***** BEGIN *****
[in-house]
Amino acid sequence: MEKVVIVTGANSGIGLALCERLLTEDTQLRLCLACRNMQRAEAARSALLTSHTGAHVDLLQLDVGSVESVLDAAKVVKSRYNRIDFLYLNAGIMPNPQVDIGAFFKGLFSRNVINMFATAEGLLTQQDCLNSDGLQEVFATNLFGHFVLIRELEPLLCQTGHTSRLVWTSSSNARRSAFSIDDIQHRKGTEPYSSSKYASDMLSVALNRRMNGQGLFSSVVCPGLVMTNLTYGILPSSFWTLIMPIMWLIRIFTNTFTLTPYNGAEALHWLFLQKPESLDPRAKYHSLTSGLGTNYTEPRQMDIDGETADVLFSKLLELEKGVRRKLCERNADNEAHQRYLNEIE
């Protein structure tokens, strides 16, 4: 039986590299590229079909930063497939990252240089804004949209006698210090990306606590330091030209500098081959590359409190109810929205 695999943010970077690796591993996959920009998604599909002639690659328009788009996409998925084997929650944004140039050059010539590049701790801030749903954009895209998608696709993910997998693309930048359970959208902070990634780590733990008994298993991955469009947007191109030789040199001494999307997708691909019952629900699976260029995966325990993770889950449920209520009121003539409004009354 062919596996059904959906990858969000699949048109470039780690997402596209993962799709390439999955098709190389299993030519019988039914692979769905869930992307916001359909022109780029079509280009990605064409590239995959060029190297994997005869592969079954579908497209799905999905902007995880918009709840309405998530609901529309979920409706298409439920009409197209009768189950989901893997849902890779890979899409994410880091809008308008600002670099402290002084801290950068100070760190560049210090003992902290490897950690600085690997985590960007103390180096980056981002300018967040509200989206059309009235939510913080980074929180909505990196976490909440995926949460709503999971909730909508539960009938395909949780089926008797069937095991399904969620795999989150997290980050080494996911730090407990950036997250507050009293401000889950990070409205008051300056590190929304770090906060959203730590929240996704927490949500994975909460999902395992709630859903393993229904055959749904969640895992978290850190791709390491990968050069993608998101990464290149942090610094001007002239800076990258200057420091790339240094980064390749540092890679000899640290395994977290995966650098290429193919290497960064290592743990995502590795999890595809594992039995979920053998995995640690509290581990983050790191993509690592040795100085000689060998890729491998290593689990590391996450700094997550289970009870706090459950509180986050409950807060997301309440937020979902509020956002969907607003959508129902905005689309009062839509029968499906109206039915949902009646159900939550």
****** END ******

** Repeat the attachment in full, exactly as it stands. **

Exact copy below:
[in-house]
Amino acid sequence: MEKVVIVTGANSGIGLALCERLLTEDTQLRLCLACRNMQRAEAARSALLTSHTGAHVDLLQLDVGSVESVLDAAKVVKSRYNRIDFLYLNAGIMPNPQVDIGAFFKGLFSRNVINMFATAEGLLTQQDCLNSDGLQEVFATNLFGHFVLIRELEPLLCQTGHTSRLVWTSSSNARRSAFSIDDIQHRKGTEPYSSSKYASDMLSVALNRRMNGQGLFSSVVCPGLVMTNLTYGILPSSFWTLIMPIMWLIRIFTNTFTLTPYNGAEALHWLFLQKPESLDPRAKYHSLTSGLGTNYTEPRQMDIDGETADVLFSKLLELEKGVRRKLCERNADNEAHQRYLNEIE
């Protein structure tokens, strides 16, 4: 039986590299590229079909930063497939990252240089804004949209006698210090990306606590330091030209500098081959590359409190109810929205 695999943010970077690796591993996959920009998604599909002639690659328009788009996409998925084997929650944004140039050059010539590049701790801030749903954009895209998608696709993910997998693309930048359970959208902070990634780590733990008994298993991955469009947007191109030789040199001494999307997708691909019952629900699976260029995966325990993770889950449920209520009121003539409004009354 062919596996059904959906990858969000699949048109470039780690997402596209993962799709390439999955098709190389299993030519019988039914692979769905869930992307916001359909022109780029079509280009990605064409590239995959060029190297994997005869592969079954579908497209799905999905902007995880918009709840309405998530609901529309979920409706298409439920009409197209009768189950989901893997849902890779890979899409994410880091809008308008600002670099402290002084801290950068100070760190560049210090003992902290490897950690600085690997985590960007103390180096980056981002300018967040509200989206059309009235939510913080980074929180909505990196976490909440995926949460709503999971909730909508539960009938395909949780089926008797069937095991399904969620795999989150997290980050080494996911730090407990950036997250507050009293401000889950990070409205008051300056590190929304770090906060959203730590929240996704927490949500994975909460999902395992709630859903393993229904055959749904969640895992978290850190791709390491990968050069993608998101990464290149942090610094001007002239800076990258200057420091790339240094980064390749540092890679000899640290395994977290995966650098290429193919290497960064290592743990995502590795999890595809594992039995979920053998995995640690509290581990983050790191993509690592040795100085000689060998890729491998290593689990590391996450700094997550289970009870706090459950509180986050409950807060997301309440937020979902509020956002969907607003959508129902905005689309009062839509029968499906109206039915949902009646159900939550």